Contact binaries have the lowest angular momentum and shortest orbital periods among main-sequence binaries. Their formation and evolution are unsolved problems in Astrophysics. At least 80% of all stars in the Galaxy are Red dwarfs (M-type stars). However, to date, only a few red-dwarf contact binary were discovered. Thanks to some surveys in the world (e.g., SDSS and SuperWASP), some short-period (P < 0.22 days) reddwarf binary candidates were discovered. Some of them have been monitored photometrically by us with several small telescopes. Based on those photometric observations, we have selected a group of red-dwarf contact binary candidates. In order to confirm them, the spectroscopic data of these candidates are urgently required by using the MRES attached to 2.4m telescope of Thailand. Our scientific purposes are to search for the first group of red-dwarf contact binaries and investigate their physical properties. These results will shed light on the formation and evolution of contact binary stars, and will help us to understand the magnetic activities of red dwarfs.

C06_006: Searching for extrasolar planets orbiting white-dwarf binaries

(Shengbang Qian, Yunnan Obs.)

One of the most interesting things that we have learnt about extrasolar planets is that they can exist almost anywhere. Investigations have shown that white-dwarf binaries could be planetary hosting stars. In this project, we intend to monitor some white-dwarf eclipsing binary photometrically with the 2.4-m TNT telescope. Based on those observations, mid-eclipse times of the sample stars will be determined. Our scientific purposes are to search for and to investigate circumbinary planets orbiting white-dwarf binary stars by analyzing the light travel-time effect. These results will shed light to the formation and evolution of circumbinary planets, and will help to understand the ultimate fate of planets and the late evolutionary stage of binary stars. Our data can also be used to study magnetic activity of the red-dwarf component stars that can provide some information on CV evolution and outburst.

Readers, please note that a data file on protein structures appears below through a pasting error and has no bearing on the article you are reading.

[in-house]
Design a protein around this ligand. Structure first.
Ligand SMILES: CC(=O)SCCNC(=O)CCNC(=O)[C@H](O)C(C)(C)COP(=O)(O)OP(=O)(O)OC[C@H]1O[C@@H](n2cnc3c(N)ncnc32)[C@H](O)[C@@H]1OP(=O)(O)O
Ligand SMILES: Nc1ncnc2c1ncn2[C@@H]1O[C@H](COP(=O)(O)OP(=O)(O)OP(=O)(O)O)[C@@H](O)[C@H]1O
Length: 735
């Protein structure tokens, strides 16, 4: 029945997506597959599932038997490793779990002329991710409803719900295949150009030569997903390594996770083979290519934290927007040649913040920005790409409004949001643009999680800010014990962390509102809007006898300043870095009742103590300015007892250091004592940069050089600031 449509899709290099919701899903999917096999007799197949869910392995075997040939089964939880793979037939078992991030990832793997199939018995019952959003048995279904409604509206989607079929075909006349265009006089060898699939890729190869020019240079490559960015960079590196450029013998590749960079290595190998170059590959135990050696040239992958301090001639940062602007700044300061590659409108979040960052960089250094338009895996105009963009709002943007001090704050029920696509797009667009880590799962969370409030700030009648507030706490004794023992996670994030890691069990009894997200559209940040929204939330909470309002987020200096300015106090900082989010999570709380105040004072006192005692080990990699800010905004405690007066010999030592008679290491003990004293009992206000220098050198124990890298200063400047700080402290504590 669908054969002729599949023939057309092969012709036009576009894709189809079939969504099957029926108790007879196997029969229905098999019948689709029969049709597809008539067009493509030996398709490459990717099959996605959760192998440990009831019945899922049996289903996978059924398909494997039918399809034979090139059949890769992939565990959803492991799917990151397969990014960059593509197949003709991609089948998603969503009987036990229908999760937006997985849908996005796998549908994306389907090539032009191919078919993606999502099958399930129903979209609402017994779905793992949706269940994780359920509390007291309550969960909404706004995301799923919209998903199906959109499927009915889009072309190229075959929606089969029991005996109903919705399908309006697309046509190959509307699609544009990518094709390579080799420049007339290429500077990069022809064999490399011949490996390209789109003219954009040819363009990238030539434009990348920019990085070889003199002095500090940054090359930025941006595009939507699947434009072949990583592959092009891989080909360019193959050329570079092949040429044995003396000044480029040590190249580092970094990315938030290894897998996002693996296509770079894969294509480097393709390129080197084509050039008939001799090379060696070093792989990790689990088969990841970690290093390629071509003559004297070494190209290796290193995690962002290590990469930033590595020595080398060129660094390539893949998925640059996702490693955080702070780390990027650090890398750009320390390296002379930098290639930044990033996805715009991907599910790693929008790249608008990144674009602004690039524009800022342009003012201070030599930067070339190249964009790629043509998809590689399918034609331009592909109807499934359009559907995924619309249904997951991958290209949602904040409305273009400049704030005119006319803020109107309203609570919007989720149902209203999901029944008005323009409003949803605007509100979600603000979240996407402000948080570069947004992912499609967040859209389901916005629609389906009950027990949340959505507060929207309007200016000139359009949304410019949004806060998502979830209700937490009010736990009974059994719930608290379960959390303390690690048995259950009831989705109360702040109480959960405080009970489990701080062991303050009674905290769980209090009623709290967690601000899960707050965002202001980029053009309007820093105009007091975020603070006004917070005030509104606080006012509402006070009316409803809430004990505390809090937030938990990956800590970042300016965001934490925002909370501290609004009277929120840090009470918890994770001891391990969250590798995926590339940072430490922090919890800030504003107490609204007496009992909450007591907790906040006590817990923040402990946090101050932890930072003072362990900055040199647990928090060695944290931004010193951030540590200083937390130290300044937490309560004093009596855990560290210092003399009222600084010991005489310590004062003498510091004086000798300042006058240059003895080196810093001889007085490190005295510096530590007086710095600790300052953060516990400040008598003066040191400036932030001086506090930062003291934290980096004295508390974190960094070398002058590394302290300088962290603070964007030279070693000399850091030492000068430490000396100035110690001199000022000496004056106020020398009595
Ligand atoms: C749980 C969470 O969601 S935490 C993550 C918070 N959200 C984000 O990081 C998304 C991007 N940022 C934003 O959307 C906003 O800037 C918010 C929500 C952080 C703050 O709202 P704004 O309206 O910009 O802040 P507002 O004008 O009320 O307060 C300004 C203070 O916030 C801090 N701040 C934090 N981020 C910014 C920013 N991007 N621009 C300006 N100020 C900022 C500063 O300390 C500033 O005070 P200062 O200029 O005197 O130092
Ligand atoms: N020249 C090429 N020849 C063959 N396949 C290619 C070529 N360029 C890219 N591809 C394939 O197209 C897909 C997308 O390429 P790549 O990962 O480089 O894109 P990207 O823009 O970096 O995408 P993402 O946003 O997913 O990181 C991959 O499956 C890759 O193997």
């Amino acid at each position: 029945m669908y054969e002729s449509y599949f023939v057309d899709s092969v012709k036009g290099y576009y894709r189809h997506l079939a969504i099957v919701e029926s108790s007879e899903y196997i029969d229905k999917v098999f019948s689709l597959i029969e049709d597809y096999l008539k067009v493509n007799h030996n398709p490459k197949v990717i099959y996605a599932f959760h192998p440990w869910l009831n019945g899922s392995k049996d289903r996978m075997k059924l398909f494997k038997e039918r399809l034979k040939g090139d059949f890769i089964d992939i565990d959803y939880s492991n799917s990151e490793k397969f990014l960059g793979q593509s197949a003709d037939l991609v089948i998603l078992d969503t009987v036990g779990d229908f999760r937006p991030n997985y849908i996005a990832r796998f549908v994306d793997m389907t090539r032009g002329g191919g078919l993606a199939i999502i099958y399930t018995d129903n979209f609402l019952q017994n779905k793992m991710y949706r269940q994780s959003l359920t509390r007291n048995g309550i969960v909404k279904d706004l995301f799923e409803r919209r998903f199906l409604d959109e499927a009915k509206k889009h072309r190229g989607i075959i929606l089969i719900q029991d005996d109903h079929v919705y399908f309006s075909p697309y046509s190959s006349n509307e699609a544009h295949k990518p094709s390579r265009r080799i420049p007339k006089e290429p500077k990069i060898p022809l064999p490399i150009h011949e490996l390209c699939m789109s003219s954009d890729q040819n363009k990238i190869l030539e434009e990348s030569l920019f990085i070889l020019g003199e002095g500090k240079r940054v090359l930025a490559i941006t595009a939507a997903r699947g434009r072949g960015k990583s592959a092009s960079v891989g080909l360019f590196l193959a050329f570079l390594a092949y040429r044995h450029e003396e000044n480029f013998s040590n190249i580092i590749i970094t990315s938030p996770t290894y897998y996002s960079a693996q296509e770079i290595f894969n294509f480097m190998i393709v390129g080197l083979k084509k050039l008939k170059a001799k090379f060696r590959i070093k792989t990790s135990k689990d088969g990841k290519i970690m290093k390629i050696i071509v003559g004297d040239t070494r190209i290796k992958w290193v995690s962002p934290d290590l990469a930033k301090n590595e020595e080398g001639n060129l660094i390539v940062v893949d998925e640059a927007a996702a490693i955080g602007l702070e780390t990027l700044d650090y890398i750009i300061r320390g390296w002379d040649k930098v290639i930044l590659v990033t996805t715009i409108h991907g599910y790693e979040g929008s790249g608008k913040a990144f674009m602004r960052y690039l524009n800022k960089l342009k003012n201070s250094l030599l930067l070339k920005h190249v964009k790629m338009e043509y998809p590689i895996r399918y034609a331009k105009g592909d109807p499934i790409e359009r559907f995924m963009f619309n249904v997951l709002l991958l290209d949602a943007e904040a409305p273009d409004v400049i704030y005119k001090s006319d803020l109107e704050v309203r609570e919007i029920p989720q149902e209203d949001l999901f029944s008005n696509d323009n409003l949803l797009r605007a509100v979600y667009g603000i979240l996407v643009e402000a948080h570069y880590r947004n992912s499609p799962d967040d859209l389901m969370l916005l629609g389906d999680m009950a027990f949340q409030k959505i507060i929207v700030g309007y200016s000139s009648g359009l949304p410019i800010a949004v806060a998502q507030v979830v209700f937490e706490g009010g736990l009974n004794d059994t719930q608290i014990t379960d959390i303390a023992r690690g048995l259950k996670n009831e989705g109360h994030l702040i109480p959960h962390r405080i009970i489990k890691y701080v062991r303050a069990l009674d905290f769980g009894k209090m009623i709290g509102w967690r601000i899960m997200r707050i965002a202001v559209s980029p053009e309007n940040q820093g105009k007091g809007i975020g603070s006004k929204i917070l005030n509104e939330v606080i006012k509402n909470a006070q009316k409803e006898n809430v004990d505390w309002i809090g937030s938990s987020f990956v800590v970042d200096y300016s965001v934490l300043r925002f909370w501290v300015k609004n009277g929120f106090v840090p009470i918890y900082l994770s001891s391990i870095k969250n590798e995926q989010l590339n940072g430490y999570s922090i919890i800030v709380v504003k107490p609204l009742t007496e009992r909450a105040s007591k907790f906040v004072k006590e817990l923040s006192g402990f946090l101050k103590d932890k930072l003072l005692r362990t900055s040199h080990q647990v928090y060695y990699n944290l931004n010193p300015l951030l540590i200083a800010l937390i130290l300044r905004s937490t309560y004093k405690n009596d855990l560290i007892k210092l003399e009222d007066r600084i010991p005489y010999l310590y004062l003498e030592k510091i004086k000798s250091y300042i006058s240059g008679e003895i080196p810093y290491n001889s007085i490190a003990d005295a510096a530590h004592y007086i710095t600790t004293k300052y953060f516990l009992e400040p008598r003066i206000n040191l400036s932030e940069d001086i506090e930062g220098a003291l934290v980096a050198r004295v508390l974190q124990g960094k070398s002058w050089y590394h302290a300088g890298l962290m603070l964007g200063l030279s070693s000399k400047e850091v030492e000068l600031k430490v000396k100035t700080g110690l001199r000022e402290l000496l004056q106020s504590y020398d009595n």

C06_007: Search for and investigate progenitors of luminous red novae

(Shengbang Qian, Yunnan Obs.)

Luminous red novae (LRNe) are a rare type of stellar outbursts that are typically more luminous than most classical novae. Investigations have shown that they are produced from the merging of evolved deep-contact binary stars. In this project, we will select some evolved binary stars based on the LAMOST data. Then we intend to monitor some of them photometrically with the 2.4-m TNT telescope. Based on those observations, basically physical parameters will be determined by using the W-D method and their geometrical structures and evolutionary states will be understood. Our scientific purposes are to search for extremely deep-contact binaries and then investigate the merging of deep-contact binaries and the origin of luminous red novae outbursts. These results will shed light to the formation and evolution of the progenitors of γ-ray bursts. The investigations will also help to explain several astrophysical phenomena (e.g. the origin of magnetic fields of massive stars and the formations of stellar massive black holes).

C06_008: Space density of Cataclysmic Variables 

(Amornrat Aungwerojwit, Naraesuan U.)

Cataclysmic variables are an excellent benchmark population to test, calibrate, and develop binary population synthesis models. The Sloan Digital Sky Survey (SDSS) produced the deepest and most homogenous CV sample to date, highlighting the importance of the faintest systems to confirm and calibrate models. The spectroscopic completeness of SDSS plummets below i=19.1. However, it is exactly in this range that the composition of the Galactic CV population undergoes a major change. Towards fainter magnitudes the fraction of low-luminosity systems increase and probably dominate the space density of CVs. We propose here to extend the depth of the SDSS CV sample by obtaining TNT observations of faint CV candidates in the SDSS footprint and to measure their orbital periods with the ultimate goal of establishing a statistically representative sample which can be used to test and further develop the theory of compact binary evolution.